OpenAI Reportedly Transcribed YouTube Videos for AI Training

US tech giants OpenAI Inc., Alphabet Inc.’s Google LLC, and Meta Platforms Inc. have reportedly opted for artificial intelligence (AI) learning methods that fall into the gray area of copyright law covering the technology, as companies find it challenging to obtain quality training data.

A report from a US newspaper alleged that OpenAI has used its speech recognition tool, Whisper, to transcribe audio from more than a million hours of videos on Google’s YouTube platform.

The firm, with the help of its President Greg Brockman, purportedly utilized the transcripts to create conversational texts to train its latest large language model (LLM) GPT-4.

The news came after the ChatGPT developer reportedly removed data from YouTube videos and podcasts to train two of its AIs. Google has also made a similar move for AI learning, according to the report.

San Francisco-based OpenAI was reportedly aware of the potential uncertainty over the legality of its action but saw it to be fair use. Additionally, the company has had talks with the OpenAI team about whether transcribing YouTube videos may violate the video-sharing platform’s policies.

On Meta’s side, the report said the Facebook parent had explored the option of acquiring US publishing group Simon & Schuster LLC to access long-form content that it can feed into its AI model.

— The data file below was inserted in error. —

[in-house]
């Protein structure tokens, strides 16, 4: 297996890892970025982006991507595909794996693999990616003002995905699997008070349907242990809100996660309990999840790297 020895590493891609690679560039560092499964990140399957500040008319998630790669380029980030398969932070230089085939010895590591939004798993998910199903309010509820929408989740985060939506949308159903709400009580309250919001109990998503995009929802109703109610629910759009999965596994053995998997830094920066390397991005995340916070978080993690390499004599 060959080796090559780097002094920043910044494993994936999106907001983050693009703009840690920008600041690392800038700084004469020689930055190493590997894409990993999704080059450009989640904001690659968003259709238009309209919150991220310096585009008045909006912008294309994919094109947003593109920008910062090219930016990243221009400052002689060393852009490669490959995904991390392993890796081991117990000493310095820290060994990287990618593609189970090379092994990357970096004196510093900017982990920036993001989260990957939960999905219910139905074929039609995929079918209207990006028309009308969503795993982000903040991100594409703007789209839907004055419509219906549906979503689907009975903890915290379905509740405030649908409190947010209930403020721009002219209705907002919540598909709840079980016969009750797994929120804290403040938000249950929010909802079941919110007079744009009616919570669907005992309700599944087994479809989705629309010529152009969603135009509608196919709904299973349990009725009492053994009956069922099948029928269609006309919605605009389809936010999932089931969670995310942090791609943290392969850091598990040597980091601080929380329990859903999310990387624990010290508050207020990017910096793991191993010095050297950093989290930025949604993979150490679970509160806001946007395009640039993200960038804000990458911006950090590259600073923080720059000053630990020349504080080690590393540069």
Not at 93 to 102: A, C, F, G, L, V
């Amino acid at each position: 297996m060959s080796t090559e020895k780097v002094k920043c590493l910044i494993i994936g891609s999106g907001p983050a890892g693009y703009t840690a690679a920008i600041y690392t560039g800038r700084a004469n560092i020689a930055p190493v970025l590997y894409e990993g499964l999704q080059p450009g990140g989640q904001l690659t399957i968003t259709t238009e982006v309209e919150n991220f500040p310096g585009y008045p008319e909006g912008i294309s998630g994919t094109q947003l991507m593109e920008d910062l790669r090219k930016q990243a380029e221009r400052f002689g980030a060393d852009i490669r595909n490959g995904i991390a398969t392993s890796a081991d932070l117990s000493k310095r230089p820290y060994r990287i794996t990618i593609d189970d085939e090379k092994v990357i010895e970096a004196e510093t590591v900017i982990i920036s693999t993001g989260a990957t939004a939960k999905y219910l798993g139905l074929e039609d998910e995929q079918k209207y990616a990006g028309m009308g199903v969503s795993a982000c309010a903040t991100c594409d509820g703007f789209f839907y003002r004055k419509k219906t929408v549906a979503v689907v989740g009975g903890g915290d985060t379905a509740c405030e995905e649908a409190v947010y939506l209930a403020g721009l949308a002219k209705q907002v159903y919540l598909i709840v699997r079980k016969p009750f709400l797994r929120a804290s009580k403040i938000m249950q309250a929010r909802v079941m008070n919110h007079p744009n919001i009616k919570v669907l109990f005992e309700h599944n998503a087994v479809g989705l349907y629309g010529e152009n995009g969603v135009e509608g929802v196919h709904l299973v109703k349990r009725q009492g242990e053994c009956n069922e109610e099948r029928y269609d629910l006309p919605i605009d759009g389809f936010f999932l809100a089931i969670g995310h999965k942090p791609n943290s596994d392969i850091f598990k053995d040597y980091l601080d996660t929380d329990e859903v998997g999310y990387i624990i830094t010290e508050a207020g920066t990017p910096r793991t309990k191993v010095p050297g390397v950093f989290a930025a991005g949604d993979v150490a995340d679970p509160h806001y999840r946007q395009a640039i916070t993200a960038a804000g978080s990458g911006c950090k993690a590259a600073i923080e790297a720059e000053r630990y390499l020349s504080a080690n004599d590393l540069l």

Meta was also reported to have considered procuring copyrighted works on the Internet as licensing discussions with publishers, artists, and media require more time.

YouTube Chief Executive Neal Mohan acknowledged last week OpenAI’s possible use of YouTube to train its video-generating model Sora.

Google spokesperson Matt Bryan said they address such unauthorized use with ‘technical and legal measures’ provided they have a legitimate or technical reason.

AI Companies Struggle to Find Broader Data Access

The report came as AI companies attempting to build more powerful AI models may have been struggling to acquire vast amounts of information that they could use to help their systems learn.

OpenAI, Google, and the wider AI training space are facing rapidly diminishing training data for their AI systems, which become more advanced as more data are fed into them. A week earlier, it was reported that firms may beat new content by 2028.

Strong demand is exhausting the available sources of excellent text data online, and certain data owners are prohibiting AI companies from accessing their information.

Some executives and researchers now expect to see firms slowing down on AI development as the demand for quality data potentially exceeds supply in two years.

Such a concern can be addressed by allowing AI models to learn from ‘synthetic’ data, which is information they generated themselves.

Another option is ‘curriculum learning,’ a tactic that can train AI systems by providing them with quality data in a controlled manner to possibly enable a more intelligent link between concepts with significantly fewer data.

Still, the two methods have yet to be tested.

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